Telecom Mum on Aussie Plans
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Telecom has missed out on its bid for the mobile division of Cable & Wireless Optus after Vodafone withdrew leaving SingTel as the new owner of the broadband, mobile and internet assets.
In the largest deal in Australian corporate history SingTel will buy the assets for $A17.2 billion although it may take up to four months to conclude the details.
Telecom however has a few moves up its sleeve with plans to sell off some of its assets and to achieve a greater trans-Tasman presence but doesnt want to give away its strategy. It confirms it'll grow in Australia through acquisitions and alliances.
Telecom chief executive Theresa Gattung isn't deterred. "Telecom continues to be well positioned to benefit from the anticipated rationalisation of telecommunications in Australia."
Telecom was up against Singapore Telecom (SingTel) and Vodafone Pacific. Telecom and Vodafone only wanted the mobile side of the business while Cable & Wireless was keen to see the entire assets of its 52 per cent owned Australian operation change hands.
At the deadline for offers on March 9th SingTel, 78 per cent owned by the Singapore government, looked an easy winner. However both Vodafone, with an existing 18 per cent share of the Australian mobile market, and Telecom registered revised bids.
It was thought last week that Telecom may end up owning Hutchison Telecommunications' Orange One mobile network in a trade off deal to please the Australian Consumer Commission (ACCC), if Vodafone continued bidding.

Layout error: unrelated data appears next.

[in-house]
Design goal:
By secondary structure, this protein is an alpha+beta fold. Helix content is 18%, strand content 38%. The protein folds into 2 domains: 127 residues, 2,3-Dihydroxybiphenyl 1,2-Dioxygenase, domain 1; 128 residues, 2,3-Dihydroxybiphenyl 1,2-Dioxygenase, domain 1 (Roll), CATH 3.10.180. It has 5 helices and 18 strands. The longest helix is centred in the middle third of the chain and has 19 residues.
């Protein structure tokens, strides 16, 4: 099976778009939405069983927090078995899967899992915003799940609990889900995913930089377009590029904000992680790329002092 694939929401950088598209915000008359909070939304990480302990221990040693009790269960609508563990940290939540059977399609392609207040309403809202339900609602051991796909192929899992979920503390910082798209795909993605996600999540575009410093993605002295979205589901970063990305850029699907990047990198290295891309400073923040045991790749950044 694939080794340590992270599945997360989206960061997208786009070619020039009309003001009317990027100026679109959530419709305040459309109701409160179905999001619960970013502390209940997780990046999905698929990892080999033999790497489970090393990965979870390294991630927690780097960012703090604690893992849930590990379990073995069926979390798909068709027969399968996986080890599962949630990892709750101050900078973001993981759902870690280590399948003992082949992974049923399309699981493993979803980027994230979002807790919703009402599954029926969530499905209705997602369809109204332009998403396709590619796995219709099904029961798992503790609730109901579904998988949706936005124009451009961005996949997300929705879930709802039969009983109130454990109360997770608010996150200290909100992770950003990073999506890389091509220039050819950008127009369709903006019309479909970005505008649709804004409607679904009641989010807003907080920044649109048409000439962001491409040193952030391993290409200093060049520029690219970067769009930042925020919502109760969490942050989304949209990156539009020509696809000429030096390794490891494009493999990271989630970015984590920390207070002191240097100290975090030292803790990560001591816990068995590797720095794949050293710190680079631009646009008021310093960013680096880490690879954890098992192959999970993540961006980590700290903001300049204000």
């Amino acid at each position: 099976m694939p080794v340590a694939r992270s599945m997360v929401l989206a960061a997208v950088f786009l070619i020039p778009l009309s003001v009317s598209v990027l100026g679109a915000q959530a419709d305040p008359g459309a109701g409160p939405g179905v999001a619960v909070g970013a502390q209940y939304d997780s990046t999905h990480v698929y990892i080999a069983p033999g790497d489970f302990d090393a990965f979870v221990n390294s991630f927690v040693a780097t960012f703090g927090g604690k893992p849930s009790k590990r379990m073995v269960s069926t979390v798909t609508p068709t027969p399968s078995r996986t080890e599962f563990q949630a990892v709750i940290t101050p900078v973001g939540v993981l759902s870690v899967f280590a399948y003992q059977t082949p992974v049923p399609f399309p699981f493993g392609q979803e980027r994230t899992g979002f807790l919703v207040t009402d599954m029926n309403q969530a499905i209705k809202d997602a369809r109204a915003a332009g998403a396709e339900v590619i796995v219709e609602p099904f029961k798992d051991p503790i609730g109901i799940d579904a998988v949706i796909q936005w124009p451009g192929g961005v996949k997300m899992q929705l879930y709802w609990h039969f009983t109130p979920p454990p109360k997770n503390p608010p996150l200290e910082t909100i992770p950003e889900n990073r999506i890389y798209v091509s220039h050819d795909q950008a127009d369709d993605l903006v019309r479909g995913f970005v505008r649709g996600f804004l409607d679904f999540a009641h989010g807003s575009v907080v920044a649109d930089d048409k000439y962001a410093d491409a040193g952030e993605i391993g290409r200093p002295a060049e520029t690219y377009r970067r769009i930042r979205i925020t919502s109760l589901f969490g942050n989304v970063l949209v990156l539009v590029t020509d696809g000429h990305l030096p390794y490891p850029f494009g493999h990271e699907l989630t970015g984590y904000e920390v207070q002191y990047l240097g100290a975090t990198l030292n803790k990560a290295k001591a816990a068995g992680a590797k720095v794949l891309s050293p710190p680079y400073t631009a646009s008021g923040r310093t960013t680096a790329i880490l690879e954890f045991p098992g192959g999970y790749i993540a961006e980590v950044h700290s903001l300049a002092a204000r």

Vodafone pulled out late last week claiming it couldn't make the figures work. Now speculation is moving back to what Telecom New Zealand's next move might be. After the suggested deal to acquire some of Hutchisons' customers its believed talks may continue in that direction.
Hutchison has 3G spectrum and both companies have complementary spectrum in the 800 Mhz mobile band.
Telecom's wholly owned Australian subsidiary AAPT had previously pulled out of last weeks Australian 3G spectrum auction before it got under way, indicating it's talking with various parties about other options.
Telecom already owns a 300,000 mobile subscriber base through its control of AAPT and although it recently backed off plans to invest $A125 million in a new second generation CDMA network in Australia.
There were six companies bidding for lots which the Australian government hoped would bring in $A2.5 billion. That projection ended up being short by a billion dollars with Telstra grabbing the lions share of mobile spectrum for around 30 percent less than its major rivals Optus and Vodafone.
Services from the new networks however may not be operational until 2004. Full auction details are available on a special Web site.